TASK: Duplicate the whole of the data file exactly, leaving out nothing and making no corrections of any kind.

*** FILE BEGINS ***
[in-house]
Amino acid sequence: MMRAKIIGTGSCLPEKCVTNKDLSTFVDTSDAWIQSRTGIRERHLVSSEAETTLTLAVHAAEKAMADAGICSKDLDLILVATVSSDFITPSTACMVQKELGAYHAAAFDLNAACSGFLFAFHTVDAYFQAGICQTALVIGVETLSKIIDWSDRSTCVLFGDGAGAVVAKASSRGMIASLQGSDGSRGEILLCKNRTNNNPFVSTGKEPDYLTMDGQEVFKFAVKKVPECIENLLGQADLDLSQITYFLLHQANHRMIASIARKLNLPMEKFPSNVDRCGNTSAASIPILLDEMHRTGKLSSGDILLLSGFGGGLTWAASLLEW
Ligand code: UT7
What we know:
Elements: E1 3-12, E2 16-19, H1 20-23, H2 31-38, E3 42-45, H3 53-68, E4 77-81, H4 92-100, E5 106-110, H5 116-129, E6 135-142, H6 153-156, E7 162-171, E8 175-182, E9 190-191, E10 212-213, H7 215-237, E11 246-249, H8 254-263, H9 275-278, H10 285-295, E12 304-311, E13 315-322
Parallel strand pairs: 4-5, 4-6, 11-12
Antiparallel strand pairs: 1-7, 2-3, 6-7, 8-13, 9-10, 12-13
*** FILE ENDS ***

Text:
[in-house]
Amino acid sequence: MMRAKIIGTGSCLPEKCVTNKDLSTFVDTSDAWIQSRTGIRERHLVSSEAETTLTLAVHAAEKAMADAGICSKDLDLILVATVSSDFITPSTACMVQKELGAYHAAAFDLNAACSGFLFAFHTVDAYFQAGICQTALVIGVETLSKIIDWSDRSTCVLFGDGAGAVVAKASSRGMIASLQGSDGSRGEILLCKNRTNNNPFVSTGKEPDYLTMDGQEVFKFAVKKVPECIENLLGQADLDLSQITYFLLHQANHRMIASIARKLNLPMEKFPSNVDRCGNTSAASIPILLDEMHRTGKLSSGDILLLSGFGGGLTWAASLLEW
Ligand code: UT7
What we know:
Elements: E1 3-12, E2 16-19, H1 20-23, H2 31-38, E3 42-45, H3 53-68, E4 77-81, H4 92-100, E5 106-110, H5 116-129, E6 135-142, H6 153-156, E7 162-171, E8 175-182, E9 190-191, E10 212-213, H7 215-237, E11 246-249, H8 254-263, H9 275-278, H10 285-295, E12 304-311, E13 315-322
Parallel strand pairs: 4-5, 4-6, 11-12
Antiparallel strand pairs: 1-7, 2-3, 6-7, 8-13, 9-10, 12-13